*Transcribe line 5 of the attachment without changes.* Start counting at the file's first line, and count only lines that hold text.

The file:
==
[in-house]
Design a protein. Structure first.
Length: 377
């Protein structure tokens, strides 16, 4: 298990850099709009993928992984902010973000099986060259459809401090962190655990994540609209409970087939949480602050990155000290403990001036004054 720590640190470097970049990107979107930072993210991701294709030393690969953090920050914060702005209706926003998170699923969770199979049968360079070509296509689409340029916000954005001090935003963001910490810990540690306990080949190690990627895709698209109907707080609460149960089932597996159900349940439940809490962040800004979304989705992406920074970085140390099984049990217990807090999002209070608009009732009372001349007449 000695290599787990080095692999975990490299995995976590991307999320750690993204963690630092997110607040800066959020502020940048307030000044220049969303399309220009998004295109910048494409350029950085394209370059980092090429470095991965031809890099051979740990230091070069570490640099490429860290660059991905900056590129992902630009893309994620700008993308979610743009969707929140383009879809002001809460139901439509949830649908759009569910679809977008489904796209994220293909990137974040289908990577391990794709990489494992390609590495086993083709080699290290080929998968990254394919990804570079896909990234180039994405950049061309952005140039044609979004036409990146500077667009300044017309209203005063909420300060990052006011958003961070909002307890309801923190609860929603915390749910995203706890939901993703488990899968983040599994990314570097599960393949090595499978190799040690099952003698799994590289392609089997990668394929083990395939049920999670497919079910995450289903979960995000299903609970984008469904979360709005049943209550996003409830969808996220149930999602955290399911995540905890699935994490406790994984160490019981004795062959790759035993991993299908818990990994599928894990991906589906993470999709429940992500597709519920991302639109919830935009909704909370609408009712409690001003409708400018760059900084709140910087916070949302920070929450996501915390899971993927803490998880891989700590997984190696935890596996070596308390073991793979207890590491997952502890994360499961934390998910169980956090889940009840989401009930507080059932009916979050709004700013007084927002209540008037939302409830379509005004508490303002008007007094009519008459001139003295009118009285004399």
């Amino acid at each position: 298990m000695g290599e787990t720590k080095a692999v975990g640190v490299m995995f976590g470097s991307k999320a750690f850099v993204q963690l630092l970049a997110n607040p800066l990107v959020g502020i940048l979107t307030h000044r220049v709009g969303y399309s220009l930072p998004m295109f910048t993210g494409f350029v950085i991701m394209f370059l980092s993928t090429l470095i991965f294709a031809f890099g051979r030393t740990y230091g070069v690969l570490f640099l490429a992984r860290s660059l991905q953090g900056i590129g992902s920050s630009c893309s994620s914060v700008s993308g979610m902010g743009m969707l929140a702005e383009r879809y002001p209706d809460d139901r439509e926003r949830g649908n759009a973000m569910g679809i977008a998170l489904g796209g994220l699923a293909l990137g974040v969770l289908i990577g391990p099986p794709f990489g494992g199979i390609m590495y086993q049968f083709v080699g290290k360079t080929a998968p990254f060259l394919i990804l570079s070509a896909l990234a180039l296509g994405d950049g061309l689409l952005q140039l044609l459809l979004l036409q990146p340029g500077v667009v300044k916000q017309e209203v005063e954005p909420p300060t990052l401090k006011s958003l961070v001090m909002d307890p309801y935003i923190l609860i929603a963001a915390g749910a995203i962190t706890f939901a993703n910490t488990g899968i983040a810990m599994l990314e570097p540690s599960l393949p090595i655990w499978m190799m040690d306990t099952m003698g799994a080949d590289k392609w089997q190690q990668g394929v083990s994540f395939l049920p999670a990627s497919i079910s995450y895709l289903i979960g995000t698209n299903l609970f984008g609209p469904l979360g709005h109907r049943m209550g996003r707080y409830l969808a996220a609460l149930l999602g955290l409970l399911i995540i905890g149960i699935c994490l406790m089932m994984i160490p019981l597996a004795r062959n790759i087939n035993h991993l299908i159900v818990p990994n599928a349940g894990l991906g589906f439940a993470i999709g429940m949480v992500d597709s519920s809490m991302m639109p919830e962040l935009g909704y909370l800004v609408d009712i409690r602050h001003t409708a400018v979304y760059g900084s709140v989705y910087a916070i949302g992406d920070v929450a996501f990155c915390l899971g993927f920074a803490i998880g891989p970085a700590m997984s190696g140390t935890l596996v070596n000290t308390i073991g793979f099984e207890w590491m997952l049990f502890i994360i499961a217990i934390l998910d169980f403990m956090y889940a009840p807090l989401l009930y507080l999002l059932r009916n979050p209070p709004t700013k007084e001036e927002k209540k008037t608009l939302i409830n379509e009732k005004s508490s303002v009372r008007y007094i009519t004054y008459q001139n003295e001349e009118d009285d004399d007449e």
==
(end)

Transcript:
């Amino acid at each position: 298990m000695g290599e787990t720590k080095a692999v975990g640190v490299m995995f976590g470097s991307k999320a750690f850099v993204q963690l630092l970049a997110n607040p800066l990107v959020g502020i940048l979107t307030h000044r220049v709009g969303y399309s220009l930072p998004m295109f910048t993210g494409f350029v950085i991701m394209f370059l980092s993928t090429l470095i991965f294709a031809f890099g051979r030393t740990y230091g070069v690969l570490f640099l490429a992984r860290s660059l991905q953090g900056i590129g992902s920050s630009c893309s994620s914060v700008s993308g979610m902010g743009m969707l929140a702005e383009r879809y002001p209706d809460d139901r439509e926003r949830g649908n759009a973000m569910g679809i977008a998170l489904g796209g994220l699923a293909l990137g974040v969770l289908i990577g391990p099986p794709f990489g494992g199979i390609m590495y086993q049968f083709v080699g290290k360079t080929a998968p990254f060259l394919i990804l570079s070509a896909l990234a180039l296509g994405d950049g061309l689409l952005q140039l044609l459809l979004l036409q990146p340029g500077v667009v300044k916000q017309e209203v005063e954005p909420p300060t990052l401090k006011s958003l961070v001090m909002d307890p309801y935003i923190l609860i929603a963001a915390g749910a995203i962190t706890f939901a993703n910490t488990g899968i983040a810990m599994l990314e570097p540690s599960l393949p090595i655990w499978m190799m040690d306990t099952m003698g799994a080949d590289k392609w089997q190690q990668g394929v083990s994540f395939l049920p999670a990627s497919i079910s995450y895709l289903i979960g995000t698209n299903l609970f984008g609209p469904l979360g709005h109907r049943m209550g996003r707080y409830l969808a996220a609460l149930l999602g955290l409970l399911i995540i905890g149960i699935c994490l406790m089932m994984i160490p019981l597996a004795r062959n790759i087939n035993h991993l299908i159900v818990p990994n599928a349940g894990l991906g589906f439940a993470i999709g429940m949480v992500d597709s519920s809490m991302m639109p919830e962040l935009g909704y909370l800004v609408d009712i409690r602050h001003t409708a400018v979304y760059g900084s709140v989705y910087a916070i949302g992406d920070v929450a996501f990155c915390l899971g993927f920074a803490i998880g891989p970085a700590m997984s190696g140390t935890l596996v070596n000290t308390i073991g793979f099984e207890w590491m997952l049990f502890i994360i499961a217990i934390l998910d169980f403990m956090y889940a009840p807090l989401l009930y507080l999002l059932r009916n979050p209070p709004t700013k007084e001036e927002k209540k008037t608009l939302i409830n379509e009732k005004s508490s303002v009372r008007y007094i009519t004054y008459q001139n003295e001349e009118d009285d004399d007449e």